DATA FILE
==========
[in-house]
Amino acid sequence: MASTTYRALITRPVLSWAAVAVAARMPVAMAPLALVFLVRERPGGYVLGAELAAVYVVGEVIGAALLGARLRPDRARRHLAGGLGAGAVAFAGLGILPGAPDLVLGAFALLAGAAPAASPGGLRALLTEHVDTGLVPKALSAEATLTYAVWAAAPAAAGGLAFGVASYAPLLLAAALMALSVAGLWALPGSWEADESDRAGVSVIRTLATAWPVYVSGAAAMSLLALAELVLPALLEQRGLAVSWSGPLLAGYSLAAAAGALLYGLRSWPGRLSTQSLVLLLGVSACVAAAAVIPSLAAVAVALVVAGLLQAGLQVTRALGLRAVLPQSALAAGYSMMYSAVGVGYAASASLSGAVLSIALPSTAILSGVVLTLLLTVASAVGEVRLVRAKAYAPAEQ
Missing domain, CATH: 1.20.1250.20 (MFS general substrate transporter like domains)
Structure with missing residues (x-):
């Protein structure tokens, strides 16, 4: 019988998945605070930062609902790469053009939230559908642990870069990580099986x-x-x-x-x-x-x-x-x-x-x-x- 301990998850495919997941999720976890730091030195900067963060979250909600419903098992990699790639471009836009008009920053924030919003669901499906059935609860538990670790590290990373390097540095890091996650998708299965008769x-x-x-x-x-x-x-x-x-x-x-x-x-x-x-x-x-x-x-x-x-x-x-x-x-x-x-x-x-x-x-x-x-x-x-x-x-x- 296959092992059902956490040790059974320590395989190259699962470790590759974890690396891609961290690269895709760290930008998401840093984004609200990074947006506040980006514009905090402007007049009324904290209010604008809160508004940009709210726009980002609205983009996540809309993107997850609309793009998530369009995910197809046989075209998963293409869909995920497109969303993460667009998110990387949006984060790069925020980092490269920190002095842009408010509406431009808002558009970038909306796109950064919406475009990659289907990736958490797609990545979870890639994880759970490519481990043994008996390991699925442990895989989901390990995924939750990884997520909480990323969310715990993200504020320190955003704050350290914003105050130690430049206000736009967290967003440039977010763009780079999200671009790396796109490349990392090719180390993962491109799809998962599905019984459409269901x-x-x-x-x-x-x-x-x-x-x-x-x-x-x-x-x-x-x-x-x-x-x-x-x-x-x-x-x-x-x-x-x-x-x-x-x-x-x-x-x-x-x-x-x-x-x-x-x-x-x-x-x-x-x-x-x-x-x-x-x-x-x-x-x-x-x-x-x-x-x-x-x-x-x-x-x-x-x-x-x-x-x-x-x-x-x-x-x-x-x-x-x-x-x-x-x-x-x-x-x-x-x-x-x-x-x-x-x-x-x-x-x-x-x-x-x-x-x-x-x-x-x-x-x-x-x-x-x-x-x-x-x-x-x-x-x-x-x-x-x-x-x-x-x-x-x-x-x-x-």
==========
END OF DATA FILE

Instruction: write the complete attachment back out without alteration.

[in-house]
Amino acid sequence: MASTTYRALITRPVLSWAAVAVAARMPVAMAPLALVFLVRERPGGYVLGAELAAVYVVGEVIGAALLGARLRPDRARRHLAGGLGAGAVAFAGLGILPGAPDLVLGAFALLAGAAPAASPGGLRALLTEHVDTGLVPKALSAEATLTYAVWAAAPAAAGGLAFGVASYAPLLLAAALMALSVAGLWALPGSWEADESDRAGVSVIRTLATAWPVYVSGAAAMSLLALAELVLPALLEQRGLAVSWSGPLLAGYSLAAAAGALLYGLRSWPGRLSTQSLVLLLGVSACVAAAAVIPSLAAVAVALVVAGLLQAGLQVTRALGLRAVLPQSALAAGYSMMYSAVGVGYAASASLSGAVLSIALPSTAILSGVVLTLLLTVASAVGEVRLVRAKAYAPAEQ
Missing domain, CATH: 1.20.1250.20 (MFS general substrate transporter like domains)
Structure with missing residues (x-):
């Protein structure tokens, strides 16, 4: 019988998945605070930062609902790469053009939230559908642990870069990580099986x-x-x-x-x-x-x-x-x-x-x-x- 301990998850495919997941999720976890730091030195900067963060979250909600419903098992990699790639471009836009008009920053924030919003669901499906059935609860538990670790590290990373390097540095890091996650998708299965008769x-x-x-x-x-x-x-x-x-x-x-x-x-x-x-x-x-x-x-x-x-x-x-x-x-x-x-x-x-x-x-x-x-x-x-x-x-x- 296959092992059902956490040790059974320590395989190259699962470790590759974890690396891609961290690269895709760290930008998401840093984004609200990074947006506040980006514009905090402007007049009324904290209010604008809160508004940009709210726009980002609205983009996540809309993107997850609309793009998530369009995910197809046989075209998963293409869909995920497109969303993460667009998110990387949006984060790069925020980092490269920190002095842009408010509406431009808002558009970038909306796109950064919406475009990659289907990736958490797609990545979870890639994880759970490519481990043994008996390991699925442990895989989901390990995924939750990884997520909480990323969310715990993200504020320190955003704050350290914003105050130690430049206000736009967290967003440039977010763009780079999200671009790396796109490349990392090719180390993962491109799809998962599905019984459409269901x-x-x-x-x-x-x-x-x-x-x-x-x-x-x-x-x-x-x-x-x-x-x-x-x-x-x-x-x-x-x-x-x-x-x-x-x-x-x-x-x-x-x-x-x-x-x-x-x-x-x-x-x-x-x-x-x-x-x-x-x-x-x-x-x-x-x-x-x-x-x-x-x-x-x-x-x-x-x-x-x-x-x-x-x-x-x-x-x-x-x-x-x-x-x-x-x-x-x-x-x-x-x-x-x-x-x-x-x-x-x-x-x-x-x-x-x-x-x-x-x-x-x-x-x-x-x-x-x-x-x-x-x-x-x-x-x-x-x-x-x-x-x-x-x-x-x-x-x-x-």